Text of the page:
installed.
Some people say mining is dead.
Is this true?   Is it reasonable.
Mining is Canada's fifth greatest
industry.
It is one of the means by which*
Canada has been lifted in a few
short years into world prominence
as a nation and a mineral producer.
In 1929 the mineral production of
Canada reached nearly a million
dollars a day or $303,786,000,
exceeding the previous year by
$28,837,000.00. This was the
fourth consecutive year of record-
breaking production.
Mines and mills in every branch
have been taxed to capacity in the
past two years and new equipment
and developments commenced in
1929 or earlier are swinging into
production in 1930. A tremendous
future lies before Canadian mining.
Mining in Canada is far from
dead—it is very much alive.—Financial Post, Toronto.
NOTICE
The Estate of the late Mr. J. E.
Stark, Deceased is now under the
administration of his sister, .Marie
A. Wallace, 230, 10th. Avenue
E., Vancouver, B. C.
CCLND
TRIP
WINTER
fACES
ANYOX
to
VANCOUVER
VICTORIA
$53.35
Including Meals and itorth.
Anjruj lo Prince Rupert and
Return, S13.3.1
TickeU on Sale up to Feb   28th, 1931,
Return Limit March .llit.
For Information call or write
r. v. MoNaughton, o.p.a.
Prince Rupert, D.C
Canadian
national
W-170
Exports of Nickel Increasing
Dominion Bureau of Statistics
figures show that exports of nickel
gained more than 40 per cent, in
quantity in December compared
with November. The output was
about 25 per cent, lower than in
December, 1929. The total for
December, 1930, was 70,145 cwt.
valued at $1,485,211, compared
with 47,872 cwt. worth $1,091,033
in November, 1930, and 89,421 cwt
valued at $1,971,930 in December,
1929.
In twenty years the mineral production of Canada has increased
from ninety-two million dollars to
three hundred and ten million dollars in 1929.
H
ere an
dTh
ere
tlilll)
More than two million I'lnge'i'lliig
salmon and 40,001) trout yearlings
were placed In Nova Scot In lakes
and streams dining 1930 from tlie
fish hatchery al Lake George.
About $80.0110,000 was spent In
Canada In 11)30 on hydro-electric
power development and installations and it is expected that filHyi
$300,000,000 will be spent for a
similar purpose during .the next
three years.
Consumption of natural gas In
Canada during l!i2!) for domestio
purposes was calculated to be sufficient to displace 640*000 tons of
coal. Natural gas is found in
abundance in Albeit tn and some
parts of Western Ontario, and the
Maritime Provinces.
Province of New Brunswick's representation at Sportsmen's Shows
in the United States this year will
bn larger than ever and new territory will be invaded. Its first exhibit will be at the New England
Sportsmen's Show at Boston, February 7-14, and also at the Philadelphia Sportsrr.ens and Motor
Boat Show. February 21-28.
Six thousand pounds of unfrozen
white fish from Northern Saskatchewan recently went by Canadian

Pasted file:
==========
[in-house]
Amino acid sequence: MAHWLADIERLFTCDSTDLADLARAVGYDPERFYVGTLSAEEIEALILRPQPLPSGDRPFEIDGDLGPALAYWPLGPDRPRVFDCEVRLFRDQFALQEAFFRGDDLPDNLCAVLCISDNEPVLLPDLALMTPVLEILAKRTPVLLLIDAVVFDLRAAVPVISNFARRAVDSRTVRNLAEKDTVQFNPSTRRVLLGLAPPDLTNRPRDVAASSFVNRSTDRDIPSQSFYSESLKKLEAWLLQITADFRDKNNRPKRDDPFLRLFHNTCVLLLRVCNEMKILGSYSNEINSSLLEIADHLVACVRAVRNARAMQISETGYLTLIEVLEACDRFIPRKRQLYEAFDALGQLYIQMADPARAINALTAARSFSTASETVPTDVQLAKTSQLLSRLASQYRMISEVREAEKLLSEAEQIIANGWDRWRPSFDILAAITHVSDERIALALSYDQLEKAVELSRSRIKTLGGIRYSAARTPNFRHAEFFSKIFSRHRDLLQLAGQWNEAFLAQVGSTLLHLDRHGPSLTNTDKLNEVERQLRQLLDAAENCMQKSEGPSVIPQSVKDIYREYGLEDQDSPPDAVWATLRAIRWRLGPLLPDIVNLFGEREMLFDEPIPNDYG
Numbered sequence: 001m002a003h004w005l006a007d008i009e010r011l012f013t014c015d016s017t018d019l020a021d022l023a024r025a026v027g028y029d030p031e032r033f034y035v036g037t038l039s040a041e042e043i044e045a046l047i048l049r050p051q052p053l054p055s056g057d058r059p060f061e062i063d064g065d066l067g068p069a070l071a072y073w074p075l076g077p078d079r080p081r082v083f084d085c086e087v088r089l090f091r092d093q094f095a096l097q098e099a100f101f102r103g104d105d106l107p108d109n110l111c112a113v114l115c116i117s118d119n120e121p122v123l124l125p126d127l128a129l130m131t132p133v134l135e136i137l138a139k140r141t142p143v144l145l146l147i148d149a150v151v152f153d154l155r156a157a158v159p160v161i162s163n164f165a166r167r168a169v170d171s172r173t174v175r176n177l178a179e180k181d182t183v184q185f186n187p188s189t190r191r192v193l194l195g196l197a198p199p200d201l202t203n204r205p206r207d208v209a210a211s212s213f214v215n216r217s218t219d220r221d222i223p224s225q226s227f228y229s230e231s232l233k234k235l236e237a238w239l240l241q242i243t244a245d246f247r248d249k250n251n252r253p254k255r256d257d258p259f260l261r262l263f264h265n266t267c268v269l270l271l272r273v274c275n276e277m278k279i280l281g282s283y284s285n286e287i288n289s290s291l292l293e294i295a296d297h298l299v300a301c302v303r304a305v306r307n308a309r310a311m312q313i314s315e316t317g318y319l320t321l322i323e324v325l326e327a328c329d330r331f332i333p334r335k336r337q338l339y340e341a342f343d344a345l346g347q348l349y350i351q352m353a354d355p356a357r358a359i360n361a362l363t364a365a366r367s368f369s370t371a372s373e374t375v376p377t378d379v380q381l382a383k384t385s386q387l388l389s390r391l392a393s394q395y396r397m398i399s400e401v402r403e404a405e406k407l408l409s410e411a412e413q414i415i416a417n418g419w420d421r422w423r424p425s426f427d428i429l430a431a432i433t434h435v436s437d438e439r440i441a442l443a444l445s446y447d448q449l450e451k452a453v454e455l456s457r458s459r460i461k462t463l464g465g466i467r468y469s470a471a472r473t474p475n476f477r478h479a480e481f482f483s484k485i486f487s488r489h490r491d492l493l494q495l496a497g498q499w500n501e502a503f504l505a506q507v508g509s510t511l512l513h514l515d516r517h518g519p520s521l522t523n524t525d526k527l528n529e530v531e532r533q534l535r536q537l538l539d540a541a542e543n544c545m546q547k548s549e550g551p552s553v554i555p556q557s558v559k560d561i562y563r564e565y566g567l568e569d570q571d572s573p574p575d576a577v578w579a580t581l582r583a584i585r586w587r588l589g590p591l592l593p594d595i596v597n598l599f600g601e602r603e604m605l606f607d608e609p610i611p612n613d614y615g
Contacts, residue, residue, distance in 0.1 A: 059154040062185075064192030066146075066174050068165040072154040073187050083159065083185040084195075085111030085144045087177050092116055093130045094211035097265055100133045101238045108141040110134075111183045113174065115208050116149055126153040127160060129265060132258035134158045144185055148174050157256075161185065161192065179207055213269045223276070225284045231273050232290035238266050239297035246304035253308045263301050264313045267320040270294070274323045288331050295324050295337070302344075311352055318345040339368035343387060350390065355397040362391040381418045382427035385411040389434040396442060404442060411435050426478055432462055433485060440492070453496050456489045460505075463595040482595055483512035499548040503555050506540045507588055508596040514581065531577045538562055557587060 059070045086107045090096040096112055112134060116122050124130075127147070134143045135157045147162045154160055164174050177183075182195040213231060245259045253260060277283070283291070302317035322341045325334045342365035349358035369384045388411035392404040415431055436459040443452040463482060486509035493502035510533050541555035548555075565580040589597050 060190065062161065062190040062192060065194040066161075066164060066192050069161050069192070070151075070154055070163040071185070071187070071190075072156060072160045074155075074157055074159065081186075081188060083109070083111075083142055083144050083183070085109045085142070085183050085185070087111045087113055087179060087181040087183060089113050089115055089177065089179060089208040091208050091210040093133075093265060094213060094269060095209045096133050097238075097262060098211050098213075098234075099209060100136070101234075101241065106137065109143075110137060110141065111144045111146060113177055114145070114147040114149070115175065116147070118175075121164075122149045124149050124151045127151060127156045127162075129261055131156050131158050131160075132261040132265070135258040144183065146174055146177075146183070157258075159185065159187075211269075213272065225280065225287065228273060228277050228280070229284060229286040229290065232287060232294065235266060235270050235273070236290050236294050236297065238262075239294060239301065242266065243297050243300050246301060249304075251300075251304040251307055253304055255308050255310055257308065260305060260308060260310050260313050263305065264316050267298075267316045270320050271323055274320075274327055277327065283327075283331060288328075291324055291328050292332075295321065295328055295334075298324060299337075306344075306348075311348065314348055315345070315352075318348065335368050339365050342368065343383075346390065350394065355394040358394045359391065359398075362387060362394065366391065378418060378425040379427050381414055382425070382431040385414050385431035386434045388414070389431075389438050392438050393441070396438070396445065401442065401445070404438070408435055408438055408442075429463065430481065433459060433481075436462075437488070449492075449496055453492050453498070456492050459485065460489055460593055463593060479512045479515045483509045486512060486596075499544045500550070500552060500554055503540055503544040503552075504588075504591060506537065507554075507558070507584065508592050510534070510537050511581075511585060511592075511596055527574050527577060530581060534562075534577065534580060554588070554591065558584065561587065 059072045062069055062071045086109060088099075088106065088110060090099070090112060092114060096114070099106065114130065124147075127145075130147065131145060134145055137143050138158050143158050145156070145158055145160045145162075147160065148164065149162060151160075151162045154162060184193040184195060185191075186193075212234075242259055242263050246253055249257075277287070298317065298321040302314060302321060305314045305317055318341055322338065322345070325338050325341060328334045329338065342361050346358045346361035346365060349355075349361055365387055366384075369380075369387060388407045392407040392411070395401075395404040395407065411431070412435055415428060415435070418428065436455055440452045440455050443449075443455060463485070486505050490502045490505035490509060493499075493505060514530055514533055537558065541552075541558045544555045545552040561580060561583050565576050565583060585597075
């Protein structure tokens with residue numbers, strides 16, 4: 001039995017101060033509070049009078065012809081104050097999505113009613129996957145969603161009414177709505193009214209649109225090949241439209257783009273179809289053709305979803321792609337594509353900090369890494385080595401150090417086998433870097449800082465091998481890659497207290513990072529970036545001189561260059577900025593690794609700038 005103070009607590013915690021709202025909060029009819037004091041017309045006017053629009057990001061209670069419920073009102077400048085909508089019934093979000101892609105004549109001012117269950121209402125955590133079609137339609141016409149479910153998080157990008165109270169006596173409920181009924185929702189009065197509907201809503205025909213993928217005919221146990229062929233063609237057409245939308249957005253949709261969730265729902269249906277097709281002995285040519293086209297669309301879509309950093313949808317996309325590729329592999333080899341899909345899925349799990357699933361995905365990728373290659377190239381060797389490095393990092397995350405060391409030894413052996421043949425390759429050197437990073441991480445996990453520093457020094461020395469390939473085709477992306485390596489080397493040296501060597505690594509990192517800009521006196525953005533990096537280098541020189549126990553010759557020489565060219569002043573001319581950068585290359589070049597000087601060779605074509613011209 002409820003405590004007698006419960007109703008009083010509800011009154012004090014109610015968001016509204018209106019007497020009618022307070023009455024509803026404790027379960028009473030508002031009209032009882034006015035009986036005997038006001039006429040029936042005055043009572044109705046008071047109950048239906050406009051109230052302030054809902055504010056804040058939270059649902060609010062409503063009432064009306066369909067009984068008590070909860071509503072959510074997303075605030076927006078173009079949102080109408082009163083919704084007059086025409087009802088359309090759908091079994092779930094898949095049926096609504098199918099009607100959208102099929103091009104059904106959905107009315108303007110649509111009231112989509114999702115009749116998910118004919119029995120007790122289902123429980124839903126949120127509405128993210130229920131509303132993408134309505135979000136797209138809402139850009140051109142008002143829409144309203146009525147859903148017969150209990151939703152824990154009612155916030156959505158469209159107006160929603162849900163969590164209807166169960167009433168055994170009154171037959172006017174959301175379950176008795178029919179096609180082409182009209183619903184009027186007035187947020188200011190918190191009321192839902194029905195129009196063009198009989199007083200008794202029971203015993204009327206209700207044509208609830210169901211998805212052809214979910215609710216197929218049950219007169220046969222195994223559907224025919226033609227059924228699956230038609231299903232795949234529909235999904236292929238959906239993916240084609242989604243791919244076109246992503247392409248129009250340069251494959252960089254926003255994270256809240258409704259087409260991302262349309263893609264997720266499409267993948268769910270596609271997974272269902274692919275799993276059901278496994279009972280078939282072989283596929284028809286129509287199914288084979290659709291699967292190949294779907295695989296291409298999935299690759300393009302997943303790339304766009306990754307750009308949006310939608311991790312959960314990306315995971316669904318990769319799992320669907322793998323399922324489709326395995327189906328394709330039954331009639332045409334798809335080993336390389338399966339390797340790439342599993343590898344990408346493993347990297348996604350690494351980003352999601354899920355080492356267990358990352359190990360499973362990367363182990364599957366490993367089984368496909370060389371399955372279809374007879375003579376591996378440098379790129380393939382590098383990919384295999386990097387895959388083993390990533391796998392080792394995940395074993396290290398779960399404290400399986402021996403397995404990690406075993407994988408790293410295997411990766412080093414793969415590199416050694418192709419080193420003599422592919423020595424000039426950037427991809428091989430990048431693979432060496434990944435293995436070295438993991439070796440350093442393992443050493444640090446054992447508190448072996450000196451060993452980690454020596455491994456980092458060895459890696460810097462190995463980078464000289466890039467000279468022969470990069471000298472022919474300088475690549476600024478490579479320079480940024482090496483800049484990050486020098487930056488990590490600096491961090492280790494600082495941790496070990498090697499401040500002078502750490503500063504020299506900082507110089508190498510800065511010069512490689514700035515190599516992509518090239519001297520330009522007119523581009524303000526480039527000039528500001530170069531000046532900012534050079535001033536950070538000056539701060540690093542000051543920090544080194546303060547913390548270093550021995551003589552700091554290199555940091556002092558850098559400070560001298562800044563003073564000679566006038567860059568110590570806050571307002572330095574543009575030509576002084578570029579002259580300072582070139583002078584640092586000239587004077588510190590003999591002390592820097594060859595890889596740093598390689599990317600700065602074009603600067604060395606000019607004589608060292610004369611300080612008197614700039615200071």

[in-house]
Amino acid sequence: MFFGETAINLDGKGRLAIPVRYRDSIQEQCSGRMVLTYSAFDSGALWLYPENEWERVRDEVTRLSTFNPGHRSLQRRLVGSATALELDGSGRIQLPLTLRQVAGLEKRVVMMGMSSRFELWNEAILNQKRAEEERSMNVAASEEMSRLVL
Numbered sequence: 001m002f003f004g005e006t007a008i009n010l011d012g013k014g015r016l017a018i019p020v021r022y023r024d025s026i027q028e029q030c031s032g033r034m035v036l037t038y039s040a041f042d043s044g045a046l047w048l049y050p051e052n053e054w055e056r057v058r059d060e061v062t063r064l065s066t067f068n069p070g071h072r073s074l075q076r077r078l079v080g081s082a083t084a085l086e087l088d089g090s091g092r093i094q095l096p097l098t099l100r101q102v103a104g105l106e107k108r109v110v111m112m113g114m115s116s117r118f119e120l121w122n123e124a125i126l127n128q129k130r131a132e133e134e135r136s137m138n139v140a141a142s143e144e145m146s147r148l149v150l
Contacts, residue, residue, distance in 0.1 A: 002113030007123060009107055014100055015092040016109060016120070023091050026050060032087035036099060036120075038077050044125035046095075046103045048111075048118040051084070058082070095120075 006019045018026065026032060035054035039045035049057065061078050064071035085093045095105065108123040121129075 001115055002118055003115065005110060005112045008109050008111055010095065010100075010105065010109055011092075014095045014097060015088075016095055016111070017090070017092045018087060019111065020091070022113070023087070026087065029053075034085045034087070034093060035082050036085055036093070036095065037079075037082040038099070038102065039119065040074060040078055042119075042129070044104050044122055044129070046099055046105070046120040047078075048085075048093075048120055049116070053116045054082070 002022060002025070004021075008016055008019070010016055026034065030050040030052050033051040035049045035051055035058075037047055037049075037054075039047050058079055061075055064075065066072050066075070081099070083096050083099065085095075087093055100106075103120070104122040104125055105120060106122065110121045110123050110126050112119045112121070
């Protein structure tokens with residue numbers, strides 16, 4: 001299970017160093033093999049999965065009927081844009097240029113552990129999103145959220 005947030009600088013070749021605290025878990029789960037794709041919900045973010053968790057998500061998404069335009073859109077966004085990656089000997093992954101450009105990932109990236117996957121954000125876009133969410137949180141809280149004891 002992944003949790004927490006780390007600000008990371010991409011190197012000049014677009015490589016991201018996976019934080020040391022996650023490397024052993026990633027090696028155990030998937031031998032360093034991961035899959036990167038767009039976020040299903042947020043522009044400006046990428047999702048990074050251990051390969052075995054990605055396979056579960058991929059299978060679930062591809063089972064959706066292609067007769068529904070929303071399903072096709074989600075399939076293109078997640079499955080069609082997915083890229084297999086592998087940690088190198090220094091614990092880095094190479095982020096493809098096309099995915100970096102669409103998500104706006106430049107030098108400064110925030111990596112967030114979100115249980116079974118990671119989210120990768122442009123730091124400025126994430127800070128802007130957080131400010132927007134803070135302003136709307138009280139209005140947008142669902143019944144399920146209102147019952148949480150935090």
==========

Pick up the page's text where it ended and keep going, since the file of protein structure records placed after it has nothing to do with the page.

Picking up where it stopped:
Pacific from Prince Albert to Winnipeg and points beyond. It was
carried 150 miles to Prince Albert
by' aeroplane in one hour and a
quarter, a trip thai would by ordinary means have taken from eight
to eleven days
When a 22-year-old woman recently fell from the wharf at Pier D,
Vancouver, Into the dangerous rip
tide of Burrard Inlet, William Hil-
llon, assistant chief clerk of the
British Columbia Coast Steamships
of the Canadian Pacific Railway,
without hesitation dived In and
after a 20-mlnute Kittle In the chill
waters succeeded In getting her
ashore.    The woman will recover.
All Canada from hors d'oeuvres
to dessert was represented at the
first dinner served to. tho former
Governor-General of Canada, Viscount Willingdon, on Canadian Pacific liner Montclnre, which sailed
for England recently. Starting with
Saint Jolin oysters, It Included supreme of Nova Scotia sole, saddle
of western lamb, ronst Ontario
chicken, and bomb maple leaf as
a sweet.
Work has started on the building
of the British Columbia link of the
Trans-Canada Telephone Line. A
direct system through the Crow's
Nest Pnss tn Allvrta will be provided to replace the present system
of routing telephone calls to and
from British Columbia across ihe
United States via Seattle. Tho proposed system will cost $1,250,000
nnd will Involve some MB miles nf
telephone linos 125 mllos of which
have already been built.
Marriage at sea has happened
before and will llkolv happen nu'tin,
but tho distinction of being baptized at sen Is claimed tn be unique
and this occurred when two Infant
children were baptized In mid-
Atlantic by Dr. Oliver C Rankin,
Scottish minister aboard Canadian
Pacific liner Mlnnodnsa, recontlv,
The mothers and children wore
coming out tn Canada from Great
Britain and the minister 's frivln» t
course of loctures at McUlll l!ul«
vorulty.   	
Anyox Community
League
The Council of the League
meets on the Second and
Fourth Wednesday of each
month, in Recreation Hallt
at 7 p.m.
Al. Falconer
Alice Arm
Baggage, Freighting, Pack